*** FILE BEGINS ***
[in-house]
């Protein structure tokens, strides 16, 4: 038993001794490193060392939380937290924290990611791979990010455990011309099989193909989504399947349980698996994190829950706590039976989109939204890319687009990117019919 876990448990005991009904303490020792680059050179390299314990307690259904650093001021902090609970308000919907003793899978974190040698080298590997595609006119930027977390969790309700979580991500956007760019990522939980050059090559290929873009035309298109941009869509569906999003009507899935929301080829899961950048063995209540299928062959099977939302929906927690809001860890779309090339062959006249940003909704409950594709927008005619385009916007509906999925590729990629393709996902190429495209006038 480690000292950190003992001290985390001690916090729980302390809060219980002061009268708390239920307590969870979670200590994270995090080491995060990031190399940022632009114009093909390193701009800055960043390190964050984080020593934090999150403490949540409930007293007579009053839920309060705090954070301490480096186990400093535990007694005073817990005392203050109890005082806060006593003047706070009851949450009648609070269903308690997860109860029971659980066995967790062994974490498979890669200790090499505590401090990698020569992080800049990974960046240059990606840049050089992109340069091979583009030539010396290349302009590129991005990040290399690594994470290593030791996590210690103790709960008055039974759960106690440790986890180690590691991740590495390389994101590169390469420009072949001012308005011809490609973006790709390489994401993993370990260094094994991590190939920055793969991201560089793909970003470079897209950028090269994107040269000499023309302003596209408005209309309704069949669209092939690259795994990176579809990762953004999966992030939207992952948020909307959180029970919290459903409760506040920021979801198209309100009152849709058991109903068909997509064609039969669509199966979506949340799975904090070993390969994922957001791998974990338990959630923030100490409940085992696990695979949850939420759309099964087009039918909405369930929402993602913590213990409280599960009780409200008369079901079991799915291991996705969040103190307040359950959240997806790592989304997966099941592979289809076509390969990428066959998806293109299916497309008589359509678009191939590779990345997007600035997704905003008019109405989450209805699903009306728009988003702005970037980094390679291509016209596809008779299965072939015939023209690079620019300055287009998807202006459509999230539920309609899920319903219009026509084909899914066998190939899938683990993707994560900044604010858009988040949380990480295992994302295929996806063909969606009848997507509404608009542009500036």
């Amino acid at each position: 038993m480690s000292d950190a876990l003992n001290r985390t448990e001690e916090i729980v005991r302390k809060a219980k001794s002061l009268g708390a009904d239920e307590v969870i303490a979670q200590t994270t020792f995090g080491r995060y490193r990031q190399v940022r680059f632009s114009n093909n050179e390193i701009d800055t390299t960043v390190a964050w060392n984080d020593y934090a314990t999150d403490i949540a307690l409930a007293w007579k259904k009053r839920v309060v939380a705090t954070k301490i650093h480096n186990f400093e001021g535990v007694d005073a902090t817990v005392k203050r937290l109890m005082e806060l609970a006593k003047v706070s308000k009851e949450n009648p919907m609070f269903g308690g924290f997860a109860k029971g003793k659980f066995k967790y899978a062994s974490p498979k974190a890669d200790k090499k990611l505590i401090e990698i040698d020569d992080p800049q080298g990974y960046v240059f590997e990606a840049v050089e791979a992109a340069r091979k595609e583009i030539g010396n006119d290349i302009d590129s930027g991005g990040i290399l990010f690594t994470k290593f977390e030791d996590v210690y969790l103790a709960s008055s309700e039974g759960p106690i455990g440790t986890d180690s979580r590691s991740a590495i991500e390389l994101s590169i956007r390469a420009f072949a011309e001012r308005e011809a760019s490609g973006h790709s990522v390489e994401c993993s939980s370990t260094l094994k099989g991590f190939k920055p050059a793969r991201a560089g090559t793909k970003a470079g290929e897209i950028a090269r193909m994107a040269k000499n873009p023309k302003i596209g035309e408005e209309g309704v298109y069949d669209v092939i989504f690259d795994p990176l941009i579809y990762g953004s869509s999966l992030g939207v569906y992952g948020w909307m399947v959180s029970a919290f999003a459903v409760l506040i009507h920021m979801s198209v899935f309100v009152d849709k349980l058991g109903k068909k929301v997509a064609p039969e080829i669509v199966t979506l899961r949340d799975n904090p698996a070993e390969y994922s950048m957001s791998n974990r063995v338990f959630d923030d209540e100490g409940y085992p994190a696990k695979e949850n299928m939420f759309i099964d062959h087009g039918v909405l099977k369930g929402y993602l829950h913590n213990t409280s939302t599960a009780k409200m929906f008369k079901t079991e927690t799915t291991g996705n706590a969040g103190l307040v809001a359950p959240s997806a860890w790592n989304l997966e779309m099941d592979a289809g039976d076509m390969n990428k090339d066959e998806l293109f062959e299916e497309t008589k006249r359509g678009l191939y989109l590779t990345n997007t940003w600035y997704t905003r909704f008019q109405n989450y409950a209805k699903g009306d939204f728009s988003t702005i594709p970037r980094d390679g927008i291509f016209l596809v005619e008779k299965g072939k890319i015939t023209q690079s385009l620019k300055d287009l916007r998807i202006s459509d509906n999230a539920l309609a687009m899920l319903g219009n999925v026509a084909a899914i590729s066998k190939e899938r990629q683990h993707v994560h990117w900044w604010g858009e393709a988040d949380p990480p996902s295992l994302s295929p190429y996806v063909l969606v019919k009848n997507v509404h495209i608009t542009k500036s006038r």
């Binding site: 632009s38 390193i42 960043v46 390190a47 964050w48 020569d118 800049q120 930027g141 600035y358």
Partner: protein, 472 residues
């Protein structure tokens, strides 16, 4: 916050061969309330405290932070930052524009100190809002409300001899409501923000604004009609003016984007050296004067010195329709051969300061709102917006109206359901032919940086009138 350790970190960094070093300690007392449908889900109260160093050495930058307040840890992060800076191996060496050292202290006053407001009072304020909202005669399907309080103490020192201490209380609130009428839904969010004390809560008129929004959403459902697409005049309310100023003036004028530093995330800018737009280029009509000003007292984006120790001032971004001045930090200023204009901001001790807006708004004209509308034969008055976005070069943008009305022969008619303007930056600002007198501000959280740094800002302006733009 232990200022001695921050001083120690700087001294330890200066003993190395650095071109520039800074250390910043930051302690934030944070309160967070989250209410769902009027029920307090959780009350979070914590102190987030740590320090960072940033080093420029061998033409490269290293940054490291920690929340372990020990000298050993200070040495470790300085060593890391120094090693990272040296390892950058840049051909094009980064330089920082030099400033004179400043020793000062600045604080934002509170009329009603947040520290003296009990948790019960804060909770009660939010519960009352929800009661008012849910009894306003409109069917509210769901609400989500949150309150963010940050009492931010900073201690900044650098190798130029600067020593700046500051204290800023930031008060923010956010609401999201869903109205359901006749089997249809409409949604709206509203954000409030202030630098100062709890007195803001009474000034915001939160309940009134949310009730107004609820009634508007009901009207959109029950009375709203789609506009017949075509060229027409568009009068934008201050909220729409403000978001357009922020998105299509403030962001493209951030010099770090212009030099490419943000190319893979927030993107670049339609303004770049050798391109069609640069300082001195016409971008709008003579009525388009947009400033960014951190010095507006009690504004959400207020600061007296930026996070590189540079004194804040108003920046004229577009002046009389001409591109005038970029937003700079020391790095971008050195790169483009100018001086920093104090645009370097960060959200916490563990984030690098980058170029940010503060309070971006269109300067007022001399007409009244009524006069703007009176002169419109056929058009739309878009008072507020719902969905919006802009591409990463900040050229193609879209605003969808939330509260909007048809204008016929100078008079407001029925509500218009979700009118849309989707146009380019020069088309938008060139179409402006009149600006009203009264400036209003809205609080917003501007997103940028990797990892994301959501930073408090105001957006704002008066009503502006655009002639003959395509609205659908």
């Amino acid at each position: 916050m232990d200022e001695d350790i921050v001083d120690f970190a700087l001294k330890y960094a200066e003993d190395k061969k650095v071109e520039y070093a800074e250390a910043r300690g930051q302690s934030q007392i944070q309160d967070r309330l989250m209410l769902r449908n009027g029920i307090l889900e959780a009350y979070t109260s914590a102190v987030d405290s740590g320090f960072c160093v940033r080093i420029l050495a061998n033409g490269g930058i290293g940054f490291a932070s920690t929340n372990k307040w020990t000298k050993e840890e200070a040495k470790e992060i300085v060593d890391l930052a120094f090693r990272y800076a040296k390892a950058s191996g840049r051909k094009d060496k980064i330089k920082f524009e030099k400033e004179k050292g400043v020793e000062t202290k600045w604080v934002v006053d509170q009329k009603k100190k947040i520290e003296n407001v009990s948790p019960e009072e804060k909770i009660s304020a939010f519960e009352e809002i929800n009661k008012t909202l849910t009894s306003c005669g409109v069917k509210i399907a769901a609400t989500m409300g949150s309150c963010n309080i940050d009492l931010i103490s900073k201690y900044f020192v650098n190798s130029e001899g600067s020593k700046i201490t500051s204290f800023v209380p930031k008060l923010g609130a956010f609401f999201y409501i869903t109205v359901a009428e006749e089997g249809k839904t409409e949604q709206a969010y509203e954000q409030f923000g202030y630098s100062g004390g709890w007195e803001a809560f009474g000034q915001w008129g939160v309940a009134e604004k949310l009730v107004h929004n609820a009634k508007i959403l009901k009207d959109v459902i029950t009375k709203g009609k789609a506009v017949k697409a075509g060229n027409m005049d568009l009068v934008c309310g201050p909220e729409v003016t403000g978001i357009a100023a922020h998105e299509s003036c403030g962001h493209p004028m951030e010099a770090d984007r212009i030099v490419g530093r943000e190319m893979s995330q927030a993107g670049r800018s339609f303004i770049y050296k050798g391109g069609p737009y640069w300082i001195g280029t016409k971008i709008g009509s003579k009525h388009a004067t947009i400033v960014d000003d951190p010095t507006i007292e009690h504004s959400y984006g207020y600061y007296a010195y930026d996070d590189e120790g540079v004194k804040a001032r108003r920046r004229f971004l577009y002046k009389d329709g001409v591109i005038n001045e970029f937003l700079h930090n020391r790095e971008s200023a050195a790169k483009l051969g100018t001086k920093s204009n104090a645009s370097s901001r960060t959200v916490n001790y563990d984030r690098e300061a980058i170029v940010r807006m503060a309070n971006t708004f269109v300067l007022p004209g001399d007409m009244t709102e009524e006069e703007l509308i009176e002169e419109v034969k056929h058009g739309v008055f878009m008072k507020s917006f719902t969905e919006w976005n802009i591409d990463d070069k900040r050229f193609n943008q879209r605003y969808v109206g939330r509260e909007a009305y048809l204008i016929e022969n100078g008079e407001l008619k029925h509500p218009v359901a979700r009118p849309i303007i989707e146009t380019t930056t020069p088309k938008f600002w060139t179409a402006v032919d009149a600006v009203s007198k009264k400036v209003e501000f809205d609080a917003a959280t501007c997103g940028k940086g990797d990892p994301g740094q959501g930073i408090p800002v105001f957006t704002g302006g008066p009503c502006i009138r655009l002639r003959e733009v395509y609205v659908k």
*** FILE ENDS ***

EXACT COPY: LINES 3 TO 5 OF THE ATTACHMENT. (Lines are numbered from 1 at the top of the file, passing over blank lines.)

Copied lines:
């Amino acid at each position: 038993m480690s000292d950190a876990l003992n001290r985390t448990e001690e916090i729980v005991r302390k809060a219980k001794s002061l009268g708390a009904d239920e307590v969870i303490a979670q200590t994270t020792f995090g080491r995060y490193r990031q190399v940022r680059f632009s114009n093909n050179e390193i701009d800055t390299t960043v390190a964050w060392n984080d020593y934090a314990t999150d403490i949540a307690l409930a007293w007579k259904k009053r839920v309060v939380a705090t954070k301490i650093h480096n186990f400093e001021g535990v007694d005073a902090t817990v005392k203050r937290l109890m005082e806060l609970a006593k003047v706070s308000k009851e949450n009648p919907m609070f269903g308690g924290f997860a109860k029971g003793k659980f066995k967790y899978a062994s974490p498979k974190a890669d200790k090499k990611l505590i401090e990698i040698d020569d992080p800049q080298g990974y960046v240059f590997e990606a840049v050089e791979a992109a340069r091979k595609e583009i030539g010396n006119d290349i302009d590129s930027g991005g990040i290399l990010f690594t994470k290593f977390e030791d996590v210690y969790l103790a709960s008055s309700e039974g759960p106690i455990g440790t986890d180690s979580r590691s991740a590495i991500e390389l994101s590169i956007r390469a420009f072949a011309e001012r308005e011809a760019s490609g973006h790709s990522v390489e994401c993993s939980s370990t260094l094994k099989g991590f190939k920055p050059a793969r991201a560089g090559t793909k970003a470079g290929e897209i950028a090269r193909m994107a040269k000499n873009p023309k302003i596209g035309e408005e209309g309704v298109y069949d669209v092939i989504f690259d795994p990176l941009i579809y990762g953004s869509s999966l992030g939207v569906y992952g948020w909307m399947v959180s029970a919290f999003a459903v409760l506040i009507h920021m979801s198209v899935f309100v009152d849709k349980l058991g109903k068909k929301v997509a064609p039969e080829i669509v199966t979506l899961r949340d799975n904090p698996a070993e390969y994922s950048m957001s791998n974990r063995v338990f959630d923030d209540e100490g409940y085992p994190a696990k695979e949850n299928m939420f759309i099964d062959h087009g039918v909405l099977k369930g929402y993602l829950h913590n213990t409280s939302t599960a009780k409200m929906f008369k079901t079991e927690t799915t291991g996705n706590a969040g103190l307040v809001a359950p959240s997806a860890w790592n989304l997966e779309m099941d592979a289809g039976d076509m390969n990428k090339d066959e998806l293109f062959e299916e497309t008589k006249r359509g678009l191939y989109l590779t990345n997007t940003w600035y997704t905003r909704f008019q109405n989450y409950a209805k699903g009306d939204f728009s988003t702005i594709p970037r980094d390679g927008i291509f016209l596809v005619e008779k299965g072939k890319i015939t023209q690079s385009l620019k300055d287009l916007r998807i202006s459509d509906n999230a539920l309609a687009m899920l319903g219009n999925v026509a084909a899914i590729s066998k190939e899938r990629q683990h993707v994560h990117w900044w604010g858009e393709a988040d949380p990480p996902s295992l994302s295929p190429y996806v063909l969606v019919k009848n997507v509404h495209i608009t542009k500036s006038r």
């Binding site: 632009s38 390193i42 960043v46 390190a47 964050w48 020569d118 800049q120 930027g141 600035y358």
Partner: protein, 472 residues